|“The Raising of Lazarus”
Fresco by Giotto di Bondone, Italian, 1304-06
Lectionary Text: John 11: 1-4, 17-26, 41-44
Now a certain man was ill, Lazarus of Bethany, the village of Mary and her sister Martha. Mary was the one who anointed the Lord with perfume and wiped his feet with her hair; her brother Lazarus was ill. 3So the sisters sent a message to Jesus, “Lord, he whom you love is ill.” But when Jesus heard it, he said, “This illness does not lead to death; rather it is for God’s glory, so that the Son of God may be glorified through it.”… When Jesus arrived, he found that Lazarus had already been in the tomb four days. Now Bethany was near Jerusalem, some two miles away, and many of the Jews had come to Martha and Mary to console them about their brother. When Martha heard that Jesus was coming, she went and met him, while Mary stayed at home. Martha said to Jesus, “Lord, if you had been here, my brother would not have died. But even now I know that God will give you whatever you ask of him.” Jesus said to her, “Your brother will rise again.”… Martha said to him, “I know that he will rise again in the resurrection on the last day.” Jesus said to her, “I am the resurrection and the life. Those who believe in me, even though they die, will live, and everyone who lives and believes in me will never die. Do you believe this?”…So they took away the stone. And Jesus looked upward and said, “Father, I thank you for having heard me. I knew that you always hear me, but I have said this for the sake of the crowd standing here, so that they may believe that you sent me.”When he had said this, he cried with a loud voice, “Lazarus, come out!” The dead man came out, his hands and feet bound with strips of cloth, and his face wrapped in a cloth. Jesus said to them, “Unbind him, and let him go.”
So, gray and brown are the new black; forty is the new thirty, fifty is the new forty, and hybrids are the new luxury car. Things change. The ways that we live and talk about things change. There are always new perspectives bursting into our consciousness. And Lazarus is the “new dead”…Let me explain…have you ever noticed the last part of this story? “The dead man came out…”. It is not that “Lazarus came out miraculously alive again”. He did not appear and then go back to work that day. It says, “the dead man…”. Lazarus was still dead the way this world thinks of dead. Jesus did not undo his death. The point was that Jesus turned it into something new–a new life, a new way of looking at things, a new creation. “The dead man came out….let him go…” We can’t even imagine how great it’s going to be.
Today would have been my grandmother’s 102nd birthday. She died a year ago in November. I still miss her. I can’t even really describe how. We were more than grandmother and granddaughter. We were some sort of soul mates. I still want to call her, to talk to her. Now don’t get me wrong. Sometimes she made me so angry, downright infuriated me. She had that fundamentalist bend that I just didn’t understand. I suppose I had that progressive bend that she just couldn’t tolerate. But we were more alike than we were unalike. We had a kinship beyond our obvious blood connection. I enjoyed doing things for her toward the end. I remember one time I was helping her go to the bathroom when we were away from her house. (OK…that may be too graphic!) But she looked up at me with those deep brown eyes and said, “You know…I used to do this with you.” “Well then,” I responded, “it’s time I do it for you.” Things change; people change; life changes. I still grieve, still want to call her. I’ve been thinking about her lately, grieving all over again. I know she’s gone. And yet, not…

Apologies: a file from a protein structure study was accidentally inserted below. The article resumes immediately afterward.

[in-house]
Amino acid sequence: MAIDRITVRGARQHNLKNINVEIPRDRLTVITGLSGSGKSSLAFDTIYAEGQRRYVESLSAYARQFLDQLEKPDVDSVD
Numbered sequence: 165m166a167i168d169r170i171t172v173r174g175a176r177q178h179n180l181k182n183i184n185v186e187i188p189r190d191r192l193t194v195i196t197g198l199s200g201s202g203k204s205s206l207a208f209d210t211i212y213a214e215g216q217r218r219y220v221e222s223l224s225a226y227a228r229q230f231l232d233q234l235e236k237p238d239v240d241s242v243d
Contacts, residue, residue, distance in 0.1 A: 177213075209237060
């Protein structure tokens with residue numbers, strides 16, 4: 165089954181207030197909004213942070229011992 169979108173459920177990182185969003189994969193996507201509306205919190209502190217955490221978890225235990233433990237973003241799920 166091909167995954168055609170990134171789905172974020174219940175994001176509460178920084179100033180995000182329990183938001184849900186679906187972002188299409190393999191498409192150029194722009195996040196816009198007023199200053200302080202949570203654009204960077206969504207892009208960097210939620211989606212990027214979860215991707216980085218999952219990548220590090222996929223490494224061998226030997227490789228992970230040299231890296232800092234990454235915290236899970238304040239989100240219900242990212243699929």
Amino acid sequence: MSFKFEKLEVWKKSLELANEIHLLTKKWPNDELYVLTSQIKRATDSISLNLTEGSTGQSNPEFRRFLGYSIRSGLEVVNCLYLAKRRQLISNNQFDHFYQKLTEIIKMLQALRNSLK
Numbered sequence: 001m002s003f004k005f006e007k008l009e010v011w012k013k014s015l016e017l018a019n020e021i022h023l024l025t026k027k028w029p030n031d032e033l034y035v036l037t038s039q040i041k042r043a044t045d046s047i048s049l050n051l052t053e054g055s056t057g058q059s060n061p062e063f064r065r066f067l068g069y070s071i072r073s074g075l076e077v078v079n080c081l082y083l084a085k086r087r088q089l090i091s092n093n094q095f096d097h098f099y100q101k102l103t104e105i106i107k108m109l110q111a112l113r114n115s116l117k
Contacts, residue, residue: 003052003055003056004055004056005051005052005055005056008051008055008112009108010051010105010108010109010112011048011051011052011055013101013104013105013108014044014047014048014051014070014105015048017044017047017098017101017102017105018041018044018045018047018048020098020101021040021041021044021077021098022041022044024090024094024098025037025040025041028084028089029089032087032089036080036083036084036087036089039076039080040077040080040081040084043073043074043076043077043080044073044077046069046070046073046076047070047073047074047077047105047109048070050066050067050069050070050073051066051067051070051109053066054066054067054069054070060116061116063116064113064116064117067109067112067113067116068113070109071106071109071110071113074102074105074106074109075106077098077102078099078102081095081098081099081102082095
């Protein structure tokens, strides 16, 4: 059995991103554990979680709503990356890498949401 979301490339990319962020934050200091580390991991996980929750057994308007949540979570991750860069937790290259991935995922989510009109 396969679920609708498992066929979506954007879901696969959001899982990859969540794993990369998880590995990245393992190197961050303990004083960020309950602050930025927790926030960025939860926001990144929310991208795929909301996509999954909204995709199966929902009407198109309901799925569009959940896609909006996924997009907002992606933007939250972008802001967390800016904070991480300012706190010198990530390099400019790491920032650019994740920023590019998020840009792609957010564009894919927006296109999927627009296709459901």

You see, the thing we had in common was our faith. And that faith, that shared faith, tells me that there is something new. I don’t think this story of Lazarus was a miracle story, per se. Jesus did not do some sort of magic trick so that Lazarus could walk out in his burial clothes. The end of the story (although I’ve never noticed it and never even read any commentary to support this) says that Lazarus was still dead. Death was not undone. Lazarus did not get up and go back to his life. Rather, death was recreated into life. Recreation is not undoing; recreation is making something new. There is still grief and wanting for what was, for the familiar, for the usual, for the phone conversations that we crave. But this is better. We justF have to live into it. That’s what faith is about.
This story is also seen as a foreshadowing of Jesus’ own crucifixion and raising. It’s like he’s saying, “Folks…stay with me here. There are things that are about to happen that are hard. In fact, we’re fixing to go through crap. (Sorry…couldn’t think of a better way to say it!) Your loss will be unbearable. And it will not be undone. I will not pull some magic trick out of a hat at the last minute. I will not undo my death. But, as I said…stay with me…look what I’ve done here. The best is yet to come! If you stay with me, I can’t even describe the incredible things that will happen. You just have to experience them for yourself. Just stay with me. “
Death is not to be undone; rather, it is made new. It is recreated into life. It’s the “new dead.” Isn’t that better? Do you believe this?
So, in the Lenten season, know that the best is yet to come!
Happy Birthday Grandmother!
Grace and Peace,